January 20, 1956  Tags:  no responses

In the beginning, I was very much my father’s son. He was a self-made man; born in Sicily and arriving in New York City when he was only seven years old. He never completed high school but became the foreman of a successful factory and the right hand idea man of the owner, Mr. Chamberlain.  He was as Italian as he was an American as he was a New Yorker. He was the guy the ladies swirled around at a party, he was the guy you asked where to go on the town, and he was the guy you asked for help when you needed a hand. He was Tony, the guy who was my father when I was growing up in Brooklyn; I was Anthony his son, and when I grew up I would become like my Dad and be called Tony.


Daddy would often take me after mass on Sunday mornings to ride the rides at Coney Island while Mom stayed home with my brother and prepared a traditional Italian dinner that we always ate at one p.m. We were both still dressed in our Sunday suits but with our jackets carelessly flung across the back seat of his big black shiny sedan. I used to sit in the front warm vinyl seat close next to him, watching how he maneuvered the car, turning the big steering wheel with his muscled arms that bulged through the rolled-up sleeves of his crisply pressed white shirt.  It was a short ride from our brownstone in Park Slope, but every excursion was an adventure with Dad as he listened to the radio and gave me his commentary on the politics of the day or the status of the Dodgers playing at Ebbets Field the previous night. He would flick his cigarette out the little side window and some of the ashes would blow on my face, which made me feel like Casey Jones, the engineer

My favorite ride, “Spook-A-Rama,” always managed to creep me out with its Grand Guignol tableaux.  Of course my father didn’t help by adding his own grotesque noises in the dark as he startled me with a sudden poke in the ribs. He once took me up on the Parachute Drop, and as if I wasn’t scared enough he began to rock the carriage just as we were about to be released for our quick, rapid decent. He laughed all the way down as I held on to him for my life with my eyes closed to the very bone-rattling end. My second favorite ride was the train that circled a huge parking lot. I again pretended I was the engineer, my head sticking out over the side, the wind blowing though my hair, and when we came back into the station, my dad pulled me out of the train car and landed me on the ground with a good-natured thump and chortle.  He always bought me a hot dog at Nathans as he downed a dozen clams-on-the-half-shell. He made a big deal about us not telling my mother, who was home cooking. It was our little secret between us two guys. When we got home we made it through Mom’s manicotti, but we started to slow down with conspiratorial glee at the Leg of Lamb with roasted potatoes and string beans. My mom, who should have worked for the FBI, of course, knew everything as she meaningfully smiled as I helped her clear the dishes. We never had dessert until an hour or so later and besides my father never ate dessert. I made tea for mom and cut here a piece of Ebinger’s blackout cake. As she was blowing over the saucer to cool the tea down, she called me over to feel the slight kicking in her stomach of my new baby brother or sister. It was weird.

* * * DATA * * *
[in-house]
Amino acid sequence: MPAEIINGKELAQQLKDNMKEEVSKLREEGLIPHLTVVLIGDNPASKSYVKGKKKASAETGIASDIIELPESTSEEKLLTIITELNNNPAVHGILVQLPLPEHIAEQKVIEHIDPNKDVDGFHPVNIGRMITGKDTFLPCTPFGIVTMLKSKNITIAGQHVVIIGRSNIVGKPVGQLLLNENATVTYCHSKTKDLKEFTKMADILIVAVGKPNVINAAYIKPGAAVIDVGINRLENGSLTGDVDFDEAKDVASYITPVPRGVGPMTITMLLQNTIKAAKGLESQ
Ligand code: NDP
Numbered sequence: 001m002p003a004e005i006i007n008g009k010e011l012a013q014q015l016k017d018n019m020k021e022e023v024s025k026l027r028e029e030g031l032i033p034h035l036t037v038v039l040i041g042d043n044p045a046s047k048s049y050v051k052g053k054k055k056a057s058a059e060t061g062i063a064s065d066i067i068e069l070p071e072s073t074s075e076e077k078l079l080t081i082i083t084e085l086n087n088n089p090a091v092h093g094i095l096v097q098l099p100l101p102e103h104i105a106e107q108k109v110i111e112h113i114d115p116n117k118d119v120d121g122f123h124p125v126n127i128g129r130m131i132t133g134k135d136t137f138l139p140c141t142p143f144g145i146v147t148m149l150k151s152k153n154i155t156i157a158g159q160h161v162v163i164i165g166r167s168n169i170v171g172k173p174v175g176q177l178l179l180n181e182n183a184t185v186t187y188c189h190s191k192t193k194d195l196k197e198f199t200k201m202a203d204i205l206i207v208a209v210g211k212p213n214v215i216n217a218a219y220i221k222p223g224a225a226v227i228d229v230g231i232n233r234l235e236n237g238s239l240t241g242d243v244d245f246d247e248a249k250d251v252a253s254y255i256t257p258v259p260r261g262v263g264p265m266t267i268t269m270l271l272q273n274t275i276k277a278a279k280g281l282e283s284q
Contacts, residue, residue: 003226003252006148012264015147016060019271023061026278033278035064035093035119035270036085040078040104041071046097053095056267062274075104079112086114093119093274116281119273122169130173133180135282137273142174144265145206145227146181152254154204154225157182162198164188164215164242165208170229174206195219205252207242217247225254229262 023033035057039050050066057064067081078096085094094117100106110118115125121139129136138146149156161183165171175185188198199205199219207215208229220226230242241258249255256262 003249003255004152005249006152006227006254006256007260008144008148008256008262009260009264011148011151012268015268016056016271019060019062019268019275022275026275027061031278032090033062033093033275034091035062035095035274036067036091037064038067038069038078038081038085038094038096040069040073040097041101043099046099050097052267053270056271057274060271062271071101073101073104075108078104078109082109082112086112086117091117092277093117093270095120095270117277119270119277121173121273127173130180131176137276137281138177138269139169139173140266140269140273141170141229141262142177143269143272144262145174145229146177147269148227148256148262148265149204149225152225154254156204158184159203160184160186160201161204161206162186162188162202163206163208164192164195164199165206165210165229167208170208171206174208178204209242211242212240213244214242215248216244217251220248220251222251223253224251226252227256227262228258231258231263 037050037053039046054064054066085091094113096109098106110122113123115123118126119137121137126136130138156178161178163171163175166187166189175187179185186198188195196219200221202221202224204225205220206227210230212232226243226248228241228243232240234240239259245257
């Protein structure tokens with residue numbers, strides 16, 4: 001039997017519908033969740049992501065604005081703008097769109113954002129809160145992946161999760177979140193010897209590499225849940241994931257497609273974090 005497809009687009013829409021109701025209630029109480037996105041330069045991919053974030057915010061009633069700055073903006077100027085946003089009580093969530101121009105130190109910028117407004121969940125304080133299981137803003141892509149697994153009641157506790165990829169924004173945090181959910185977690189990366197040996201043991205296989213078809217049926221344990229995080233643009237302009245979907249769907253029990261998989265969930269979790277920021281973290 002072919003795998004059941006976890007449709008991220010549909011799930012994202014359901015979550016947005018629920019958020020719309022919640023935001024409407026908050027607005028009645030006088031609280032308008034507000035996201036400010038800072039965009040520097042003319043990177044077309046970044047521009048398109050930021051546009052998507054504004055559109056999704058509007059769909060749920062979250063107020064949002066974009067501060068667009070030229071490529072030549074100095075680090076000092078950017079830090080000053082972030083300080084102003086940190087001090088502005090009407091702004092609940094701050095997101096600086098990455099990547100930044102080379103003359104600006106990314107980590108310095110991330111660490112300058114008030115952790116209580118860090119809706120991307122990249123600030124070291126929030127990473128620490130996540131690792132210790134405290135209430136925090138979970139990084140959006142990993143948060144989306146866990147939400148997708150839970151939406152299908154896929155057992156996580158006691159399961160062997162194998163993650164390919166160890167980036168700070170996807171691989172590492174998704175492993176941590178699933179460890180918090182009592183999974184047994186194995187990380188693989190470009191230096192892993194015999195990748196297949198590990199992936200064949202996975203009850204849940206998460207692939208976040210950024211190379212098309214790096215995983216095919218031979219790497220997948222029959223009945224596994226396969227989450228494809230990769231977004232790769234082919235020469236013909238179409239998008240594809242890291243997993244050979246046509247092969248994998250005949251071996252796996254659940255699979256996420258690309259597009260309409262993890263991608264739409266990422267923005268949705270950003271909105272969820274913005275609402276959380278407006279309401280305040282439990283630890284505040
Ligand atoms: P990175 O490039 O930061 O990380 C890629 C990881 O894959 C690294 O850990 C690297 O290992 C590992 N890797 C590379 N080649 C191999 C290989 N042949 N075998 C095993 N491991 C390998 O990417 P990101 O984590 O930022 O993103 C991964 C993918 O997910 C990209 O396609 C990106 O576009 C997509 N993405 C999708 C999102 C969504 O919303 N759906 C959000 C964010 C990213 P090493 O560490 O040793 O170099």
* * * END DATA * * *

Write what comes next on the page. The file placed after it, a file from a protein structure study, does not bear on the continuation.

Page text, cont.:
My Dad

One Saturday afternoon, The Avon Theatre on 9th Street was showing a double bill of the old Universal films: Dracula and Frankenstein. I loved horror movies but had never seen Frankenstein. My Dad was working that afternoon at Cel-U-Dex, his factory in downtown Brooklyn next to the Manhattan Bridge so he couldn’t take me to the movies. I asked my Mom if I could go, and after a moment’s hesitation, she gave me a quarter out of the coffee tin and told me to enjoy myself, be careful and not get the butter popcorn all over my new dungarees.

I bounded down the three landings of our tenement and out the door onto 10th Street into an overcast afternoon. I traced my usual trail that I took to go to school at St. Thomas Aquinas, past the drugstore on the corner of Sixth Avenue and down the steep slope of 9th Street past the dry cleaners, the YMCA, and the huge RKO Keith’s Prospect Theatre. The Avon Theater, next to the post office and Duffy’s Funeral Parlor, was a very small place showing second run movies. I got to the theatre just as it started to rain.

We were made to sit in the children’s section, where a matron dressed in white like a nurse would patrol up and down the aisles with a flashlight, shining it into our eyes if there was any talking.  I hated the kid’s section that was in the back of the theatre, so I snuck closer into the adult area and sat in an empty dark row, then sunk down low so the psycho nurse/matron/woman in white would not see me.  I caught the last half hour of Dracula, which wasn’t scary at all; it was actually kind of silly with its silent movie style school of acting.

After some cartoons, the lights dimmed again and Frankenstein began. From the very beginning I knew this movie was going to scare me in its plausibility of modern science creating a creature that turns into a monster beyond human control. I sank lower and lower into my seat as the laboratory scene started with its crackling sparks shooting from dipole to dipole, whizzing lights, ultra violet rays, and the sound of a raging electrical storm outside the castle. The cadaver was on the lab table and up and up it went into the open ceiling to meet the lightning bolts and crashing thunder that would spark life into the dead body.  The table descended back to its starting place as Dr. Frankenstein threw off the white sheets, revealing a huge lumbering body with the monster’s face still wrapped in gauze. Suddenly the oversized hand of the creature reached up grasping for life as Victor yelled out deliriously, “It’s alive! It’s alive!”  I cowered in anticipation of seeing his face revealed.



The Monster